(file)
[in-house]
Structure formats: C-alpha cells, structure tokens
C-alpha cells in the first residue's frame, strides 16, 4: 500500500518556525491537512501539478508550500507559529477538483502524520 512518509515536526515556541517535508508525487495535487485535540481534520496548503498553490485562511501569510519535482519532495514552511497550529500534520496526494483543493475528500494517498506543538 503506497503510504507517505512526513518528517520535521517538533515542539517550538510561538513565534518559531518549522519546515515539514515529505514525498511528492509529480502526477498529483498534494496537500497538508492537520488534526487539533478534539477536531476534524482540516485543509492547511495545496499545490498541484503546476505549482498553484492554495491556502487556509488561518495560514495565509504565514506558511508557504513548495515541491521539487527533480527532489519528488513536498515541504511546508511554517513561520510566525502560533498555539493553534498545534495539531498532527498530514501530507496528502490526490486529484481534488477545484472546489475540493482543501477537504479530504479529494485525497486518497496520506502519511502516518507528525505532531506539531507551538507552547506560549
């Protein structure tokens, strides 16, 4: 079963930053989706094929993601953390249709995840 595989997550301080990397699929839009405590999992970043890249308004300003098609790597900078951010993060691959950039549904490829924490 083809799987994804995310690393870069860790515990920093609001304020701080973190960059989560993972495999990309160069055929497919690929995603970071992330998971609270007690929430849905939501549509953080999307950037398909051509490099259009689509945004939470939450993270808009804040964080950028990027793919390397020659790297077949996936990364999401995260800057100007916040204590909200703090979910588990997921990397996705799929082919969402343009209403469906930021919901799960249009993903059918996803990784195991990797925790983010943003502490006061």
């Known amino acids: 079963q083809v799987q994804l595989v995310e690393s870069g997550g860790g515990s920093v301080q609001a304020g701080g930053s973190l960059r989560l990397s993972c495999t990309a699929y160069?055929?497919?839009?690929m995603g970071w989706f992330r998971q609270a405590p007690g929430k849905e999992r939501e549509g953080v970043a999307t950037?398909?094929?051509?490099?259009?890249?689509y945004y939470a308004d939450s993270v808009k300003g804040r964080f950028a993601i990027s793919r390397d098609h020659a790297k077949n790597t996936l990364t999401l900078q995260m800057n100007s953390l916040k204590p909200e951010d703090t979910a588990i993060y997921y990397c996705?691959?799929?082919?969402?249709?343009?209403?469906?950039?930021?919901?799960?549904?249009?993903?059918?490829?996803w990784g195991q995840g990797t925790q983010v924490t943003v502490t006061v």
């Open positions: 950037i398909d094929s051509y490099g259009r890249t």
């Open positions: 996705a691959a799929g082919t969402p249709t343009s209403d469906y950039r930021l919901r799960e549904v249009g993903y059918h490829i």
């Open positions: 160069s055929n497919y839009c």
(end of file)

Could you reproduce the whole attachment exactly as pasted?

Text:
[in-house]
Structure formats: C-alpha cells, structure tokens
C-alpha cells in the first residue's frame, strides 16, 4: 500500500518556525491537512501539478508550500507559529477538483502524520 512518509515536526515556541517535508508525487495535487485535540481534520496548503498553490485562511501569510519535482519532495514552511497550529500534520496526494483543493475528500494517498506543538 503506497503510504507517505512526513518528517520535521517538533515542539517550538510561538513565534518559531518549522519546515515539514515529505514525498511528492509529480502526477498529483498534494496537500497538508492537520488534526487539533478534539477536531476534524482540516485543509492547511495545496499545490498541484503546476505549482498553484492554495491556502487556509488561518495560514495565509504565514506558511508557504513548495515541491521539487527533480527532489519528488513536498515541504511546508511554517513561520510566525502560533498555539493553534498545534495539531498532527498530514501530507496528502490526490486529484481534488477545484472546489475540493482543501477537504479530504479529494485525497486518497496520506502519511502516518507528525505532531506539531507551538507552547506560549
């Protein structure tokens, strides 16, 4: 079963930053989706094929993601953390249709995840 595989997550301080990397699929839009405590999992970043890249308004300003098609790597900078951010993060691959950039549904490829924490 083809799987994804995310690393870069860790515990920093609001304020701080973190960059989560993972495999990309160069055929497919690929995603970071992330998971609270007690929430849905939501549509953080999307950037398909051509490099259009689509945004939470939450993270808009804040964080950028990027793919390397020659790297077949996936990364999401995260800057100007916040204590909200703090979910588990997921990397996705799929082919969402343009209403469906930021919901799960249009993903059918996803990784195991990797925790983010943003502490006061």
């Known amino acids: 079963q083809v799987q994804l595989v995310e690393s870069g997550g860790g515990s920093v301080q609001a304020g701080g930053s973190l960059r989560l990397s993972c495999t990309a699929y160069?055929?497919?839009?690929m995603g970071w989706f992330r998971q609270a405590p007690g929430k849905e999992r939501e549509g953080v970043a999307t950037?398909?094929?051509?490099?259009?890249?689509y945004y939470a308004d939450s993270v808009k300003g804040r964080f950028a993601i990027s793919r390397d098609h020659a790297k077949n790597t996936l990364t999401l900078q995260m800057n100007s953390l916040k204590p909200e951010d703090t979910a588990i993060y997921y990397c996705?691959?799929?082919?969402?249709?343009?209403?469906?950039?930021?919901?799960?549904?249009?993903?059918?490829?996803w990784g195991q995840g990797t925790q983010v924490t943003v502490t006061v």
């Open positions: 950037i398909d094929s051509y490099g259009r890249t």
């Open positions: 996705a691959a799929g082919t969402p249709t343009s209403d469906y950039r930021l919901r799960e549904v249009g993903y059918h490829i």
């Open positions: 160069s055929n497919y839009c």